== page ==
The quick and consistent rise of robotics utilization in the operating room has opened a floodgate of potential for the orthopedic health industry. Now, many of the industry’s leaders, like Zimmer Biomet and Stryker, are looking for ways to analyze and configure the patient data that has been collected in recent years, in hopes of creating lasting standards for practice and procedure.
Data has been drastically accumulating as more and more operating rooms have converted to robotic procedures. This data is generally collected from patients before and after their operations, as well as from the robots themselves, which gather information while operating. This treasure trove of information has the potential to help many companies improve favorable patient outcomes as well as adjust current systems of operation to aid efficiency.
Stryker’s Mako system, which was designed for performing knee and hip replacements, collects information during surgery about implant positioning and allows surgeons to examine how patient anatomy contributes to placement success. This collected data in long-term applications has also helped healthcare professionals identify which implants have higher success rates with specific patients.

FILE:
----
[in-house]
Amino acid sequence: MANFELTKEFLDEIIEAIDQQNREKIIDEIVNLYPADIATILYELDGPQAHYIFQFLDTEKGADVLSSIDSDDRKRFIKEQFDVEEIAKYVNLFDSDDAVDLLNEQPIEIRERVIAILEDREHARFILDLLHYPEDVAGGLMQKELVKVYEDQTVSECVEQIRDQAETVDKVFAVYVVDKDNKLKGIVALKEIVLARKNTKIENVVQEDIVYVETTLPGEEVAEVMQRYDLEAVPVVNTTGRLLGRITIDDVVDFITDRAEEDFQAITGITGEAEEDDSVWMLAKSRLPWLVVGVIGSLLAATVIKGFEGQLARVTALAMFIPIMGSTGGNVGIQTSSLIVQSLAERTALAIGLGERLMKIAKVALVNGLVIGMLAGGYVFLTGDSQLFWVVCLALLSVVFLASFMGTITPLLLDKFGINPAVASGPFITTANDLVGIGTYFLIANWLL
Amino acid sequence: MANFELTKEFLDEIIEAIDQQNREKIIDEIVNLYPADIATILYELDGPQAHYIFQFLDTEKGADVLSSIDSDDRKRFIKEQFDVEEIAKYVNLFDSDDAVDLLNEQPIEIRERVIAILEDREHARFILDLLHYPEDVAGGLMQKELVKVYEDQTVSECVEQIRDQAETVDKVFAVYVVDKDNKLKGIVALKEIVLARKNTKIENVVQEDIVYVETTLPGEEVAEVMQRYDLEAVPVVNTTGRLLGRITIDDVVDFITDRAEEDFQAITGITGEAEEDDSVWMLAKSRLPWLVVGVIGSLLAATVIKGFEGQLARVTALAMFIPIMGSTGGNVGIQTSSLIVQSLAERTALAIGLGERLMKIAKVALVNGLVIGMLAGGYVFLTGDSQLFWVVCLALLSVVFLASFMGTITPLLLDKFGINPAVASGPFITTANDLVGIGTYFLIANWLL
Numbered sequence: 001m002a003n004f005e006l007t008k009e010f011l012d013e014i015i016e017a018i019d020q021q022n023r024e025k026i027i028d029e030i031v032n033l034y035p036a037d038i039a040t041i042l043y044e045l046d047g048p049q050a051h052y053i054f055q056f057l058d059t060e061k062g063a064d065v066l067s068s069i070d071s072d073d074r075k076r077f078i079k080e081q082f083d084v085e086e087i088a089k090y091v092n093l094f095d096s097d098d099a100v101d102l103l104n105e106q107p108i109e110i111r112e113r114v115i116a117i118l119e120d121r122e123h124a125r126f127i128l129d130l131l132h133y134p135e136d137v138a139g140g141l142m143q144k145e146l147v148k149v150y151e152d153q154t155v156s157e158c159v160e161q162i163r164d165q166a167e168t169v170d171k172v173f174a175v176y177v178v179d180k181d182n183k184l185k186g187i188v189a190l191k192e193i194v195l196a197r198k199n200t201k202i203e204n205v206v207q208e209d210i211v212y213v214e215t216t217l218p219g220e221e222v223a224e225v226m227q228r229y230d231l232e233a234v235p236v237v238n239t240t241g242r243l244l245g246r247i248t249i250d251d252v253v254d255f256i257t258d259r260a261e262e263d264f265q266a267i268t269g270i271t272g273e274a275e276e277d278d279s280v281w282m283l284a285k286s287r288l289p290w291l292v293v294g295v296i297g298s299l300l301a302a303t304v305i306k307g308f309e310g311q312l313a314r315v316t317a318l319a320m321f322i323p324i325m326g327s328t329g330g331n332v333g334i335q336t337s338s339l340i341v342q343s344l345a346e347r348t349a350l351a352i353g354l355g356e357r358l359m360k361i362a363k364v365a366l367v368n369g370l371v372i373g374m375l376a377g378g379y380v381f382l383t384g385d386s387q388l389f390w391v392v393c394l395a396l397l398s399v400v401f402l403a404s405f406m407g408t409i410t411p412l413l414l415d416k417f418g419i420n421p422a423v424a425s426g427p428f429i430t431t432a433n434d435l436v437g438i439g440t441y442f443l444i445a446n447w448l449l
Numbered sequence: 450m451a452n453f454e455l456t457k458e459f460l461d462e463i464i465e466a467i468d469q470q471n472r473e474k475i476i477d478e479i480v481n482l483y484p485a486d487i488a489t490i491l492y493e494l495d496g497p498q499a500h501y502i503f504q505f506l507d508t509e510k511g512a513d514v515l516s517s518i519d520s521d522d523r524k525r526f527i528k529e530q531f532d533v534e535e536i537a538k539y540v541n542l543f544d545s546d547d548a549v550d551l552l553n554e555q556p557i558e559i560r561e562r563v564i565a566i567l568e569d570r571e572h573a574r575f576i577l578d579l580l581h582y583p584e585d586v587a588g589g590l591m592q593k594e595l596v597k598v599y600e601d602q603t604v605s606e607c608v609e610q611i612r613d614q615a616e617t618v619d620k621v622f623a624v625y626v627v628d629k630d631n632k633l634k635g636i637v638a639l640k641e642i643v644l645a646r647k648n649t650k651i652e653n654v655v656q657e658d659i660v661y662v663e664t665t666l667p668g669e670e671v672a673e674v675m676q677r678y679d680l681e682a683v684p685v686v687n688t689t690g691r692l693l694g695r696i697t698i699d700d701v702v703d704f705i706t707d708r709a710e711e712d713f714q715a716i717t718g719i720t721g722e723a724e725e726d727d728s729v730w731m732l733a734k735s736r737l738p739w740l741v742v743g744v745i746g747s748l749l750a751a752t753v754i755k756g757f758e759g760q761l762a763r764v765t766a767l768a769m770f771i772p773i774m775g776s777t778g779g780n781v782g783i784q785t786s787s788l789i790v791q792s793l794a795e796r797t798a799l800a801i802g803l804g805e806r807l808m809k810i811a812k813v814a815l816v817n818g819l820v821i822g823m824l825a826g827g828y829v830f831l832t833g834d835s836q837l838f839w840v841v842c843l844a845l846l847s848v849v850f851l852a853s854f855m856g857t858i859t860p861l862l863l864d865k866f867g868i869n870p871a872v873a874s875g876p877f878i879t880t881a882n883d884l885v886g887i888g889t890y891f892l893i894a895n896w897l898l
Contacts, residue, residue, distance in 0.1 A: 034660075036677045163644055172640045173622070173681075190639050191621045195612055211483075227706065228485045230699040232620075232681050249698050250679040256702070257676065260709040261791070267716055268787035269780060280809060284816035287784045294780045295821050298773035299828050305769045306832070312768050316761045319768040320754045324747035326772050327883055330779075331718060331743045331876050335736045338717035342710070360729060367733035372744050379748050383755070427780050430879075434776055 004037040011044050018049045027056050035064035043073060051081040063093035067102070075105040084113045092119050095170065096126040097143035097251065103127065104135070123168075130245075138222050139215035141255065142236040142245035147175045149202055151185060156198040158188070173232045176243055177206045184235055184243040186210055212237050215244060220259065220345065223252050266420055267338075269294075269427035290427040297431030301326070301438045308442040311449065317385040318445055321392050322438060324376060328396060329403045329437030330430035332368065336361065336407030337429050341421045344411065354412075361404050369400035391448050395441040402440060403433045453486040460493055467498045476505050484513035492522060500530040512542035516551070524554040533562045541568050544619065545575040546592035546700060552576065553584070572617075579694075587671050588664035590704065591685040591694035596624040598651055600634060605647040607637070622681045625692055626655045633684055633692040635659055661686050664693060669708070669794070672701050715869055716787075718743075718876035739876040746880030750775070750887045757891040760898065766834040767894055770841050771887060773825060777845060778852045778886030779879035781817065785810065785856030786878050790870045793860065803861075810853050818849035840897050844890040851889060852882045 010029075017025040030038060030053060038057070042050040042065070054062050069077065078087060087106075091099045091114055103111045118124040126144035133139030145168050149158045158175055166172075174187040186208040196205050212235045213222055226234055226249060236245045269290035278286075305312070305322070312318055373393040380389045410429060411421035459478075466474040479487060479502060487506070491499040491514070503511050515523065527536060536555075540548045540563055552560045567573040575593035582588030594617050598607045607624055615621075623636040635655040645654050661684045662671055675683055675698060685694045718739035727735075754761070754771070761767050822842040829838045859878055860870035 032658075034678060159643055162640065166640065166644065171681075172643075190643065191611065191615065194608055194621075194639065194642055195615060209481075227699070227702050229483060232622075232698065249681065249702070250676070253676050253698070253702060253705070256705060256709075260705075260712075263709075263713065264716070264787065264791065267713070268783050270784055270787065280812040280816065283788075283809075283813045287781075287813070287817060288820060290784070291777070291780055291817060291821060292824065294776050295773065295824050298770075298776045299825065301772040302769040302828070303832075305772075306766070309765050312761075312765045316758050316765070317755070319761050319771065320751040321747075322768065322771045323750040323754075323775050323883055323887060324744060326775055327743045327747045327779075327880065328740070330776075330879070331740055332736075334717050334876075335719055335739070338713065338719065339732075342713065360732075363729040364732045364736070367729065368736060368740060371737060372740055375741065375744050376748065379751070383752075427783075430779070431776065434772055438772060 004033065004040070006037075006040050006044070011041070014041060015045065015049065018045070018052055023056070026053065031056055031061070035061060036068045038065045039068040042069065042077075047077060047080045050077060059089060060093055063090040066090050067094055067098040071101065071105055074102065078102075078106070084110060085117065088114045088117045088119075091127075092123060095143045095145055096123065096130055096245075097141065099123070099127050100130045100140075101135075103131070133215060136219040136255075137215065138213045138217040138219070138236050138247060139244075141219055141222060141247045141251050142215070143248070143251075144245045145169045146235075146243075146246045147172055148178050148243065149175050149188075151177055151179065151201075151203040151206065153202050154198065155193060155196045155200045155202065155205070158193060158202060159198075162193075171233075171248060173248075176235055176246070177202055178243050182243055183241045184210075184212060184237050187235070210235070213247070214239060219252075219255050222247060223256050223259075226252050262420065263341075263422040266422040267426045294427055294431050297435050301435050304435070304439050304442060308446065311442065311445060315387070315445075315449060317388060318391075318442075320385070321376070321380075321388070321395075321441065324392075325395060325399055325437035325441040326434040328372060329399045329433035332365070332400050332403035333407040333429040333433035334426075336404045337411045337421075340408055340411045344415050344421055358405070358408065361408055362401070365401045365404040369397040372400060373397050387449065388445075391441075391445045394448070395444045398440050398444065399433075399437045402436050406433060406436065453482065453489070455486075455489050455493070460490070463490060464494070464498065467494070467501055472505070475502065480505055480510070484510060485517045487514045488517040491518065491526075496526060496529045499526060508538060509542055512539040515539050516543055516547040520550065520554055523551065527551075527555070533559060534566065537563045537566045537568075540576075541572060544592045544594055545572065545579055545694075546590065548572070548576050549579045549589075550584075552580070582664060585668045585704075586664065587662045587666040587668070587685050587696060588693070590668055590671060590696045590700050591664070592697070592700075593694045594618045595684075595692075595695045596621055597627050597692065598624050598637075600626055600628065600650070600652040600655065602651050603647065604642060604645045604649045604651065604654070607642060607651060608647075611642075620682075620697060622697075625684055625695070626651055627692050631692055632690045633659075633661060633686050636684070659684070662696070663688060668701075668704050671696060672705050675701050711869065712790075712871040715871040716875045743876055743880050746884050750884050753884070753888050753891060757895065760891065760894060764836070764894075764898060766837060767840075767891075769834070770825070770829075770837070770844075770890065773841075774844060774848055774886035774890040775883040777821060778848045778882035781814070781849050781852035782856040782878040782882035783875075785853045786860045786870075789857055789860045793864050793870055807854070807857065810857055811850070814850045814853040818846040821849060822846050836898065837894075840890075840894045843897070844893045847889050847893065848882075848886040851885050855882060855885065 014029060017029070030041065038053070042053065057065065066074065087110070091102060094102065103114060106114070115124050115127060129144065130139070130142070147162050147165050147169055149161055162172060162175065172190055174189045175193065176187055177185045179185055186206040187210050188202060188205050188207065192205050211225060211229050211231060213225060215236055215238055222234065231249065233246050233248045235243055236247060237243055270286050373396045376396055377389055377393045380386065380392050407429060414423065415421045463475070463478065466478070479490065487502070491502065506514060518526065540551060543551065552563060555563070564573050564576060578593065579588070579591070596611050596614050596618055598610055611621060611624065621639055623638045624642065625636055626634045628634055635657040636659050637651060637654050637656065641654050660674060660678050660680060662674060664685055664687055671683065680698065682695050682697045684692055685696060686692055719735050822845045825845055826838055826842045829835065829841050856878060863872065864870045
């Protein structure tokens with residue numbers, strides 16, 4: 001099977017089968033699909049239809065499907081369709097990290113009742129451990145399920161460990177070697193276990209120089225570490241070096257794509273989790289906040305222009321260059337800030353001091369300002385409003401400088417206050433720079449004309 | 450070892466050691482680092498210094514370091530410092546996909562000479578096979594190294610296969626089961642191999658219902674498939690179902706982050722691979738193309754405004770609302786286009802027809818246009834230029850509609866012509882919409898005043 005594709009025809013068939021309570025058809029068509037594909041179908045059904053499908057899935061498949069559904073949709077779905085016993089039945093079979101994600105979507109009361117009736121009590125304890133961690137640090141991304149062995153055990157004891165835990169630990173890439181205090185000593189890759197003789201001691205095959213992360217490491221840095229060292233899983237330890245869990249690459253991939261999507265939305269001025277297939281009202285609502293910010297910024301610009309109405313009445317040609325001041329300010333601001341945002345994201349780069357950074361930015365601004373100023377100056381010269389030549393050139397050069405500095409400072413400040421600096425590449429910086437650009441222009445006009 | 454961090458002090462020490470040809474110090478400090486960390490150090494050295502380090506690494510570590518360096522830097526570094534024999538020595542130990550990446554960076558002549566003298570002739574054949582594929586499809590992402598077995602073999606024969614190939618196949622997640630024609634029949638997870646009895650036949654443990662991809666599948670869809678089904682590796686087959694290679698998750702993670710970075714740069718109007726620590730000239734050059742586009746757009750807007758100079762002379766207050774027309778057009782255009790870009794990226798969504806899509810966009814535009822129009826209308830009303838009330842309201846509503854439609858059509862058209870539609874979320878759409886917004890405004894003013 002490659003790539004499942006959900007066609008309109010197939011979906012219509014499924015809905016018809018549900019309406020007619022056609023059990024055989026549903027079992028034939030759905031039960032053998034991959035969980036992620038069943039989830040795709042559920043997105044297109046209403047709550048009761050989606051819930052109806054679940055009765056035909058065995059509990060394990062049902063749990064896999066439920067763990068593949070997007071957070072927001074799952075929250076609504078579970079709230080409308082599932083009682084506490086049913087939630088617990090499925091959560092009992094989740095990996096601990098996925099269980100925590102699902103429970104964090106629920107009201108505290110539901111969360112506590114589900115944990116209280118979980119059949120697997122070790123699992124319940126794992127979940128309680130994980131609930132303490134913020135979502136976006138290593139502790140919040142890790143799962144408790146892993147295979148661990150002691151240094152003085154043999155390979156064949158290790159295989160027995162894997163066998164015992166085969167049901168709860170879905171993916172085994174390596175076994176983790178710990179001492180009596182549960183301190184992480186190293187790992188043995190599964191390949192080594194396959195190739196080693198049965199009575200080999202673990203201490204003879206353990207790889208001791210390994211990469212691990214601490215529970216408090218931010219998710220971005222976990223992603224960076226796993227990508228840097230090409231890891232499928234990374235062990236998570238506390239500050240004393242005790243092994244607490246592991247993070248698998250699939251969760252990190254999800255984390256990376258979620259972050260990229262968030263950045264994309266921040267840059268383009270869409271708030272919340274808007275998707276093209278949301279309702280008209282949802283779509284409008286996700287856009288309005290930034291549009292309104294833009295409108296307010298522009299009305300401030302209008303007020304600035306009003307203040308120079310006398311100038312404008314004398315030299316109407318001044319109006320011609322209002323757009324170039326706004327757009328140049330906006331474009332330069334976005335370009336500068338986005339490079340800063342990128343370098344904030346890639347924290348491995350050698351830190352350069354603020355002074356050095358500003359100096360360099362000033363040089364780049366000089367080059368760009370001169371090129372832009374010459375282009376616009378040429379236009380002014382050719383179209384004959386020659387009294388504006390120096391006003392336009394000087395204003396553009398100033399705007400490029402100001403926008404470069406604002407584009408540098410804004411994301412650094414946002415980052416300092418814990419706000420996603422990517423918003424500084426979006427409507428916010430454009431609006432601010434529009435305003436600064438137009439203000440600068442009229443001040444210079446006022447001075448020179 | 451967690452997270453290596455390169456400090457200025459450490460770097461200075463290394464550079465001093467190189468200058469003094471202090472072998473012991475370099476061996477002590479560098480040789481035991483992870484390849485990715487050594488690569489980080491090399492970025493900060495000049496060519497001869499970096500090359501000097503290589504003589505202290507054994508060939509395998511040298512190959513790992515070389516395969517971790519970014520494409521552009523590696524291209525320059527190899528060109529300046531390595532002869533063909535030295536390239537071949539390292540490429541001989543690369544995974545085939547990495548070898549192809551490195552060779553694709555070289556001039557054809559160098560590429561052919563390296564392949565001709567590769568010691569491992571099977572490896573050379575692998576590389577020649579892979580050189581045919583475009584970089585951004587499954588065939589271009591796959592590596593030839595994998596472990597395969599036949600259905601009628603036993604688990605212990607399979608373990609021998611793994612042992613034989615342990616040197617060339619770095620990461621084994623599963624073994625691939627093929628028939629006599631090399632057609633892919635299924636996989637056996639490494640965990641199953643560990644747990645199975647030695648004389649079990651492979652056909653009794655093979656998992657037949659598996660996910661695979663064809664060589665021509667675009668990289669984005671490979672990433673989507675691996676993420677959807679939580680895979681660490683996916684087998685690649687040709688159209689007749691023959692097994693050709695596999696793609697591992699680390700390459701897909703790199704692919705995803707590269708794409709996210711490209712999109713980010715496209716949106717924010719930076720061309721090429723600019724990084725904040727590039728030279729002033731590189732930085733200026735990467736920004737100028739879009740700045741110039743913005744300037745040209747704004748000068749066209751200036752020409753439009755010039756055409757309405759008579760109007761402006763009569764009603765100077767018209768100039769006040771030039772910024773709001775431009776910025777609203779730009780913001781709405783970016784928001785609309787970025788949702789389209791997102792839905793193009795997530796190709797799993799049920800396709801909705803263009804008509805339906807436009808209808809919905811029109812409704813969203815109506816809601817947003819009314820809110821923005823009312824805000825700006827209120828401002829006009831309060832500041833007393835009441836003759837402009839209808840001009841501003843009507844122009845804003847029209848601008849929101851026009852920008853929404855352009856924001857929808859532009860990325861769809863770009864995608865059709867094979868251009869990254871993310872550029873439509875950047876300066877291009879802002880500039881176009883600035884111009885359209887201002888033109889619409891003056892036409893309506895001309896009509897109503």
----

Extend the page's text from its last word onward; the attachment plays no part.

Zimmer also has an orthopedic surgery system, called Rosa, which specializes in full and partial knee replacements. The company has taken their data collection a step further, by partnering with Apple, to create an app which collects follow-up information from knee replacement recipients. The app accesses data from Apple iWatch interfaces, to monitor things like step and stair count as well as heart rate and breathing frequency. This information, once analyzed, can provide valuable insight into how quickly and effectively patients recover, and which steps can be taken to maximize success with patients in the future. Zimmer even revealed, last November, that their continued clinical trials which utilize this follow-up data collection have already resulted in a drop in outpatient physical therapy visits.
To take data-collection even further, both companies are now diving into the realm of smart implant technology, which would allow them to collect data long term, and compare it with previously collected analytics to ensure the durability of their hardware years down the line. The potential for technological advancement in surgical robotics is limitless with access to this type of data, and as time progresses in growing the data pool, the orthopedic surgery industry will see fine-tuned accuracy in implants and procedures.